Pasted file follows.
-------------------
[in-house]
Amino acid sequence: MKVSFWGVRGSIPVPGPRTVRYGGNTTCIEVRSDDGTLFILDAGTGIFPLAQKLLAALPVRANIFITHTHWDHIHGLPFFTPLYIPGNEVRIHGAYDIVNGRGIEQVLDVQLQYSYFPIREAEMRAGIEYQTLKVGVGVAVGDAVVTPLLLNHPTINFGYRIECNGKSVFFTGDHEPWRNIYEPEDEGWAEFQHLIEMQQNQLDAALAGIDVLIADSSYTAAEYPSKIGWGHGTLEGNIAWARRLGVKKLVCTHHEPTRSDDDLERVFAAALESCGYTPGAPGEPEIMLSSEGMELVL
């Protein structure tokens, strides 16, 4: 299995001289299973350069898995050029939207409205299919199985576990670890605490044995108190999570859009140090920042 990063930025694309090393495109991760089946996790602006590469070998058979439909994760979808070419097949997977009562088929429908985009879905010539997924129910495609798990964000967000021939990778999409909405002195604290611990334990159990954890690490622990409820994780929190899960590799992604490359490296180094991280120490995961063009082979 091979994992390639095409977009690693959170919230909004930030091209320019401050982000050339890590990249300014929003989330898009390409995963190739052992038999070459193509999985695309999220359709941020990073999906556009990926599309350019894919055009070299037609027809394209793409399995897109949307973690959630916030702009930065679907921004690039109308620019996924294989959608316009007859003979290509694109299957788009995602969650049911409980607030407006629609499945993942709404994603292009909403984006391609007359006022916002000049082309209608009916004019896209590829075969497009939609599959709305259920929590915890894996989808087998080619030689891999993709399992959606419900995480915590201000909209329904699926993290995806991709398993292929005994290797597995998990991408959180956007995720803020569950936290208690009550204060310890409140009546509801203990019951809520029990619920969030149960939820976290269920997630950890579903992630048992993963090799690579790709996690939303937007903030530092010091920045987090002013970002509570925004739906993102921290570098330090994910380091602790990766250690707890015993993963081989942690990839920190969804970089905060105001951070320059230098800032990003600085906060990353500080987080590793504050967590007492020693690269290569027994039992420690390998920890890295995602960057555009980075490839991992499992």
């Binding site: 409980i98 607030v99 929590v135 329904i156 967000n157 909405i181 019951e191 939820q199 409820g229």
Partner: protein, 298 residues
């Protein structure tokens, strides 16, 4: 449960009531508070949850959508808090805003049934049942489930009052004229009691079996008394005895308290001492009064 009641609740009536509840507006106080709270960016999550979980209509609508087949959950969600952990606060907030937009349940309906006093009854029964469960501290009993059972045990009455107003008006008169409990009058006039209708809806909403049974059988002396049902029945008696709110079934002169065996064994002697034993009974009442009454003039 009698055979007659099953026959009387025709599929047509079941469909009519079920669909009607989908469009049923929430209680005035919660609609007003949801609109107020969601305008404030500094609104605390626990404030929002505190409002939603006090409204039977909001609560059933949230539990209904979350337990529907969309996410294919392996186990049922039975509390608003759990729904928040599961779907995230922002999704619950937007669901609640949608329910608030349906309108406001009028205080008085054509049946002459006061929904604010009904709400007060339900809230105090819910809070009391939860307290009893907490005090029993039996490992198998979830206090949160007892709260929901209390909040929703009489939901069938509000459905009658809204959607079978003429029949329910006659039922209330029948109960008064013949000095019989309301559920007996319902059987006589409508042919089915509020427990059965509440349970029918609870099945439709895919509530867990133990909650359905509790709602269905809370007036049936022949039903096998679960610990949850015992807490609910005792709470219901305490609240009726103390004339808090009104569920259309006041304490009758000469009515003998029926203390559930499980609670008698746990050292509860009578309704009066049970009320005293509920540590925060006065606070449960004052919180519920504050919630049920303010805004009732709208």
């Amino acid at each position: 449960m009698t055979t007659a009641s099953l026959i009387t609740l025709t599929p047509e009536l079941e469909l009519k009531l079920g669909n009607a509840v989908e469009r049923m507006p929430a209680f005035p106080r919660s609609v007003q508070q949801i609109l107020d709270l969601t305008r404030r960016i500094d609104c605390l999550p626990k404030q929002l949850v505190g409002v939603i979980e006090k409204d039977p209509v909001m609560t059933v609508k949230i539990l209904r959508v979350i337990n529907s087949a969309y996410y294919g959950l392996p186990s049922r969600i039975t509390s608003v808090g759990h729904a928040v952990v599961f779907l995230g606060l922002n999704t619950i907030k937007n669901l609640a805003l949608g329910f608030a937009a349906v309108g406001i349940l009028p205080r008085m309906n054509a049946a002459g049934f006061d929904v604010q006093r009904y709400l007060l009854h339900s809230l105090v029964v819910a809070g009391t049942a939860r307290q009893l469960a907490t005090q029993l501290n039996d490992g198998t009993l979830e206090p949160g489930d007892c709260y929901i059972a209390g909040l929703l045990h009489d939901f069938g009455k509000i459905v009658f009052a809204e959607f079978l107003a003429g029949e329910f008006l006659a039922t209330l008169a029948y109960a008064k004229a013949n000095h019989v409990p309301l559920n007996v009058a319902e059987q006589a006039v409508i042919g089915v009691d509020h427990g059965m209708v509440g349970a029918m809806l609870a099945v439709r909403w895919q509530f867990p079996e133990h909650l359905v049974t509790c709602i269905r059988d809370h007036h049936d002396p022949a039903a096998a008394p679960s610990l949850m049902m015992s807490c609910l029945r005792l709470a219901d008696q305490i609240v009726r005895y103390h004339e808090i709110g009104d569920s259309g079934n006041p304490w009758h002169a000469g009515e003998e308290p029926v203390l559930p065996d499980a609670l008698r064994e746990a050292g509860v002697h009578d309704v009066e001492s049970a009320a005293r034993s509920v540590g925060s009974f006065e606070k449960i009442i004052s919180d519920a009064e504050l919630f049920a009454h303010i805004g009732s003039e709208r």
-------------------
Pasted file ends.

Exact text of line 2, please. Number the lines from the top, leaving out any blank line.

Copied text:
Amino acid sequence: MKVSFWGVRGSIPVPGPRTVRYGGNTTCIEVRSDDGTLFILDAGTGIFPLAQKLLAALPVRANIFITHTHWDHIHGLPFFTPLYIPGNEVRIHGAYDIVNGRGIEQVLDVQLQYSYFPIREAEMRAGIEYQTLKVGVGVAVGDAVVTPLLLNHPTINFGYRIECNGKSVFFTGDHEPWRNIYEPEDEGWAEFQHLIEMQQNQLDAALAGIDVLIADSSYTAAEYPSKIGWGHGTLEGNIAWARRLGVKKLVCTHHEPTRSDDDLERVFAAALESCGYTPGAPGEPEIMLSSEGMELVL